With the dryline looking to be back in the vicinity of the caprock by firing time, Abilene will be WELL WELL east of there, the the tune of over 100 miles. I would expect to see a triple point somewhere from Plainview to Childress with a SW oriented trailing dryline, back across the south plains. The biggest concern...what will happen tonight and how much convective crap will still be around tomorrow to get in the way of heating.
[/b]


The mesoNAM has the low pressure developed further south than Childress/Plainview. As a result of both the more southerly position of the low and the fact that the 0-6 km bulk shear is stretched more across central TX (there's a huge void across northern TX where Childress/Plainview is) I chose those places to be more supportive of sustained supercells.

Things could change, and anything is possible!

Still ... the 0-6 km bulk shear and 0-1 km helicity seems far ahead of the dryline and the concern over morning convection

http://wxcaster.com/conus_offhr_models.htm
http://wxcaster.com/CONUS_MESO-ETA_1000-50...PRPTHK_30HR.gif
http://wxcaster.com/CONUS_MESO-ETA_SVR_CAPESRHSWEAT_30HR.gif
http://wxcaster.com/CONUS_MESO-ETA_0-1KM_SRH_30HR.gif

EDIT: by 18Z the dryline is in the vicinity of Childress/Plainview ... but by 21Z when convection is progged the dryline seems east of that location and the greater severe threat is further south.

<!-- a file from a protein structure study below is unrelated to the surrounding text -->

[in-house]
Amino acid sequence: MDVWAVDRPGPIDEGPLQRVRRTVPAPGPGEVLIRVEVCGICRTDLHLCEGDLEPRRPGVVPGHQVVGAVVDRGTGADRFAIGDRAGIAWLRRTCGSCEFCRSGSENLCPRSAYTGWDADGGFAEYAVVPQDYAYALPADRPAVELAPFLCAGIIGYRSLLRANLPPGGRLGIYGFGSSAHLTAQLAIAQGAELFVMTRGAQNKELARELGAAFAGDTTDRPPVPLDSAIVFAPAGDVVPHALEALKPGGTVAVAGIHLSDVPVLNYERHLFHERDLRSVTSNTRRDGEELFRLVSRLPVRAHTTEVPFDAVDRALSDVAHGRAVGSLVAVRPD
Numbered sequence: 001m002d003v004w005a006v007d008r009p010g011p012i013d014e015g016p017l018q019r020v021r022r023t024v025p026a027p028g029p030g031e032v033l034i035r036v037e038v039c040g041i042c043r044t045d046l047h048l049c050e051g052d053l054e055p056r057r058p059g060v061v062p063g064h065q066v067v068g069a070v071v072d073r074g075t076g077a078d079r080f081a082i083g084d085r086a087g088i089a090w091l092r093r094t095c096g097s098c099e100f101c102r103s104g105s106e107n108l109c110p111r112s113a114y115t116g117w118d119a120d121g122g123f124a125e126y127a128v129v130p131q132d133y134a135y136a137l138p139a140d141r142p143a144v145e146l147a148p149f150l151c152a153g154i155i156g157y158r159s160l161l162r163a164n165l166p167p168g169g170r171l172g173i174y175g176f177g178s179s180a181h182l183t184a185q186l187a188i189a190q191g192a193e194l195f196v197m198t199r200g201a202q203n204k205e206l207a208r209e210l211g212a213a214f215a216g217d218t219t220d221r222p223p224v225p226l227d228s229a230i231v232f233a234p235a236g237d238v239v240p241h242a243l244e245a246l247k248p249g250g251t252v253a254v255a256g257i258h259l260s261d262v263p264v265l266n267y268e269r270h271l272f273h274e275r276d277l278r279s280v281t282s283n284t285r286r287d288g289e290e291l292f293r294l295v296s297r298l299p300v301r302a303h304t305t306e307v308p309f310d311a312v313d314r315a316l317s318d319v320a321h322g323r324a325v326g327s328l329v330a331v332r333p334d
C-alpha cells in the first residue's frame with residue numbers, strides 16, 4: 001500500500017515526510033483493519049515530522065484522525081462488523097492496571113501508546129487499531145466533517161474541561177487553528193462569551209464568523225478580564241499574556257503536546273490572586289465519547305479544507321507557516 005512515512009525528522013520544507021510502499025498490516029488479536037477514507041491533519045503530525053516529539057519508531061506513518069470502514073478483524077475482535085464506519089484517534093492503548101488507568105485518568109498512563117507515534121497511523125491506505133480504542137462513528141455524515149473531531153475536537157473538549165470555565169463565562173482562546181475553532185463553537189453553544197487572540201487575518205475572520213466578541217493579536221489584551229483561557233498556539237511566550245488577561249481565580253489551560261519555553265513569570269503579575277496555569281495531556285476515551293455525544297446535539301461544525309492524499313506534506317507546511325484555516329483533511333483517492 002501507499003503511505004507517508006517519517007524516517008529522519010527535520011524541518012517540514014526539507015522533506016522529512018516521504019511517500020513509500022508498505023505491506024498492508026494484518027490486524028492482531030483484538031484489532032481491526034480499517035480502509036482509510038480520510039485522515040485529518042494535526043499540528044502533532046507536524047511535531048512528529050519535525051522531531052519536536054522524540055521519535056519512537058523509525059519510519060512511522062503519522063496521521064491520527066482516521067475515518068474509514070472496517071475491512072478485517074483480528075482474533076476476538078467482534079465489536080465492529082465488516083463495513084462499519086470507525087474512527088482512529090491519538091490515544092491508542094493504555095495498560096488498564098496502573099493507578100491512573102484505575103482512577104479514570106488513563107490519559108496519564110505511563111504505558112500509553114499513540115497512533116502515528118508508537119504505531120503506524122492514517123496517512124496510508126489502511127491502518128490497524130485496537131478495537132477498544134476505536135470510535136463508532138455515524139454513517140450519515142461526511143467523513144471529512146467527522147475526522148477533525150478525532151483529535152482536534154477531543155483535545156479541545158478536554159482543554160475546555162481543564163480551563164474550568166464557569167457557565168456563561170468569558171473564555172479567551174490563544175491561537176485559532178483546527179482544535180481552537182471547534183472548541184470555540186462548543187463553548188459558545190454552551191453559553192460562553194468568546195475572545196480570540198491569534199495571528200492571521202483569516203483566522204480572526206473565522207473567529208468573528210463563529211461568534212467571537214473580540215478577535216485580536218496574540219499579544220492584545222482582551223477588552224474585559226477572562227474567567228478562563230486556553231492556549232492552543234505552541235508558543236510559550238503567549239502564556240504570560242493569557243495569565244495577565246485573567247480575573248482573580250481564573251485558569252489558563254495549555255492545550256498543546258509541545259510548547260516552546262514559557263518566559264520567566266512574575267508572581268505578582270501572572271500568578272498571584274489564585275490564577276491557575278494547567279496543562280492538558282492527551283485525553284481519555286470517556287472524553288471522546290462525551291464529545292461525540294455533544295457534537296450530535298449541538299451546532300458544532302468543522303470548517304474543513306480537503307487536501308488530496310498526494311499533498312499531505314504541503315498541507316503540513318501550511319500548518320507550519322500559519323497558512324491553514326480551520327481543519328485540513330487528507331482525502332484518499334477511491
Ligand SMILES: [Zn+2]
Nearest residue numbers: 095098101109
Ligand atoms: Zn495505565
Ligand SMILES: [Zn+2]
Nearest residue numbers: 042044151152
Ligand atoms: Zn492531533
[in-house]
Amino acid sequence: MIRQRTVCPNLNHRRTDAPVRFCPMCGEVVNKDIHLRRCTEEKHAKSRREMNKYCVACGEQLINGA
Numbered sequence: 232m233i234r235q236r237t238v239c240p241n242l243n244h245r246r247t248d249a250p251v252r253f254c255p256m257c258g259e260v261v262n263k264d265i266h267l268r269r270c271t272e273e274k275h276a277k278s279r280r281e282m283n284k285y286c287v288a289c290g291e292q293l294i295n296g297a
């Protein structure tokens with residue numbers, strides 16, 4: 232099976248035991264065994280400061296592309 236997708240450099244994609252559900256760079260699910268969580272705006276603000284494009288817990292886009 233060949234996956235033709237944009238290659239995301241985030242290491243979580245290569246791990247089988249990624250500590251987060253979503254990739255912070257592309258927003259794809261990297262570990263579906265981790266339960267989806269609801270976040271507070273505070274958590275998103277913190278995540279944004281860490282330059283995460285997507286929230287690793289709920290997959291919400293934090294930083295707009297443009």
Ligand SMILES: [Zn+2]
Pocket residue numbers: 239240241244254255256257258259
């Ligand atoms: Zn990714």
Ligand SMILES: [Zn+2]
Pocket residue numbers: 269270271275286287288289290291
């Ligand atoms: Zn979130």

I'm encouraged greatly by the 18z Eta. What earlier appeared as a fairly marginal setup is showing hints of bigtime potential. The factors that grabbed my attention on the latest run are as follows:
  • Eta is hinting at a break in the action during the daylight hours (presumably) as a result of subsidence in the wake of an exiting shortwave trough. This would help increase the cap and clear out junk storms that would inhibit surface heating.
  • CAPE is progged to be somewhat higher than in past runs (CAPE ~2000 j/kg). I had a discussion with Jeff Snyder earlier today, and he pointed out that the lack of CAPE is probably due to the convective paramaterization being turned on (and the use of the MALR instead of the ELR). If convectiion were to clear out, CAPE >2500 j/kg could be realized.
  • Shear profiles continue to look awesome. Forecast hodographs are near ideal, so assuming an isolated supercell can develop with sufficient surface based instability (which, granted, is a big assumption), tornadoes would be a good bet.
Overall, this setup is looking a lot better than earlier. I've been keeping an eye on it for a while since my bro is in town from CA, so he's hoping to get in on the action. Hopefully the atmosphere wil cooperate.

Gabe
 
I have parked for the night at Midland.